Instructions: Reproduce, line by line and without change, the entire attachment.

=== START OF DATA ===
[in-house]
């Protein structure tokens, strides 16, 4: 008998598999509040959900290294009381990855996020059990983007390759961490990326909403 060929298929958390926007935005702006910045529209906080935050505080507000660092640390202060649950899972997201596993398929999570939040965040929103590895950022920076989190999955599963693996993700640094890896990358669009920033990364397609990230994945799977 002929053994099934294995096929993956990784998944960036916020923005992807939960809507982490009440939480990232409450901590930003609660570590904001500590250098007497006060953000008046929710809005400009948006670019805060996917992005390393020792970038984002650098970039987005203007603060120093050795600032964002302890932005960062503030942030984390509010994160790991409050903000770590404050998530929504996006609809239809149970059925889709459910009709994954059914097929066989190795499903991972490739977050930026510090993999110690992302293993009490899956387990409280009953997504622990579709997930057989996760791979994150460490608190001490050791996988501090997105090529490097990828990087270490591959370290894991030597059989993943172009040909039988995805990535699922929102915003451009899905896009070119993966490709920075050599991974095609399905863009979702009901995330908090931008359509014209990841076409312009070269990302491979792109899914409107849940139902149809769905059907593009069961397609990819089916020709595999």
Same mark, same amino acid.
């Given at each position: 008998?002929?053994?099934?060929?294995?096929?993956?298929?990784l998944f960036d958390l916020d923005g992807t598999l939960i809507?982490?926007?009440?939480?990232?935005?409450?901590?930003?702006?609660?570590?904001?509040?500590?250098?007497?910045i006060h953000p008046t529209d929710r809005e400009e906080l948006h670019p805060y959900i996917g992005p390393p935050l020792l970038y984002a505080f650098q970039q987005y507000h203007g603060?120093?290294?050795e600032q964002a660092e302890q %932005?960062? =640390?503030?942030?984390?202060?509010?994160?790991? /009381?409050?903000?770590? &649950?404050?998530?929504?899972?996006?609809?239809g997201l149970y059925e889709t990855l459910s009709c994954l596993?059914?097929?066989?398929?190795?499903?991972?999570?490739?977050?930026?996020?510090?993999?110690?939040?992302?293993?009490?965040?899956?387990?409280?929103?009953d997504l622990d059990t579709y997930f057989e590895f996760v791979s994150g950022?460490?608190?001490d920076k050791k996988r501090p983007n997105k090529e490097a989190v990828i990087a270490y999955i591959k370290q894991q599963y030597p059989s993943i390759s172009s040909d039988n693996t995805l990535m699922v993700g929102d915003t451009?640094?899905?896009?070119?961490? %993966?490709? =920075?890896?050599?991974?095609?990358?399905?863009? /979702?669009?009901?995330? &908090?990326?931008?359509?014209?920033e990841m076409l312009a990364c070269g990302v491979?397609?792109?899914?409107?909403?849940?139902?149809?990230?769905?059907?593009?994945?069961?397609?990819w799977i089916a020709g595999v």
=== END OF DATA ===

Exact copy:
[in-house]
């Protein structure tokens, strides 16, 4: 008998598999509040959900290294009381990855996020059990983007390759961490990326909403 060929298929958390926007935005702006910045529209906080935050505080507000660092640390202060649950899972997201596993398929999570939040965040929103590895950022920076989190999955599963693996993700640094890896990358669009920033990364397609990230994945799977 002929053994099934294995096929993956990784998944960036916020923005992807939960809507982490009440939480990232409450901590930003609660570590904001500590250098007497006060953000008046929710809005400009948006670019805060996917992005390393020792970038984002650098970039987005203007603060120093050795600032964002302890932005960062503030942030984390509010994160790991409050903000770590404050998530929504996006609809239809149970059925889709459910009709994954059914097929066989190795499903991972490739977050930026510090993999110690992302293993009490899956387990409280009953997504622990579709997930057989996760791979994150460490608190001490050791996988501090997105090529490097990828990087270490591959370290894991030597059989993943172009040909039988995805990535699922929102915003451009899905896009070119993966490709920075050599991974095609399905863009979702009901995330908090931008359509014209990841076409312009070269990302491979792109899914409107849940139902149809769905059907593009069961397609990819089916020709595999």
Same mark, same amino acid.
């Given at each position: 008998?002929?053994?099934?060929?294995?096929?993956?298929?990784l998944f960036d958390l916020d923005g992807t598999l939960i809507?982490?926007?009440?939480?990232?935005?409450?901590?930003?702006?609660?570590?904001?509040?500590?250098?007497?910045i006060h953000p008046t529209d929710r809005e400009e906080l948006h670019p805060y959900i996917g992005p390393p935050l020792l970038y984002a505080f650098q970039q987005y507000h203007g603060?120093?290294?050795e600032q964002a660092e302890q %932005?960062? =640390?503030?942030?984390?202060?509010?994160?790991? /009381?409050?903000?770590? &649950?404050?998530?929504?899972?996006?609809?239809g997201l149970y059925e889709t990855l459910s009709c994954l596993?059914?097929?066989?398929?190795?499903?991972?999570?490739?977050?930026?996020?510090?993999?110690?939040?992302?293993?009490?965040?899956?387990?409280?929103?009953d997504l622990d059990t579709y997930f057989e590895f996760v791979s994150g950022?460490?608190?001490d920076k050791k996988r501090p983007n997105k090529e490097a989190v990828i990087a270490y999955i591959k370290q894991q599963y030597p059989s993943i390759s172009s040909d039988n693996t995805l990535m699922v993700g929102d915003t451009?640094?899905?896009?070119?961490? %993966?490709? =920075?890896?050599?991974?095609?990358?399905?863009? /979702?669009?009901?995330? &908090?990326?931008?359509?014209?920033e990841m076409l312009a990364c070269g990302v491979?397609?792109?899914?409107?909403?849940?139902?149809?990230?769905?059907?593009?994945?069961?397609?990819w799977i089916a020709g595999v």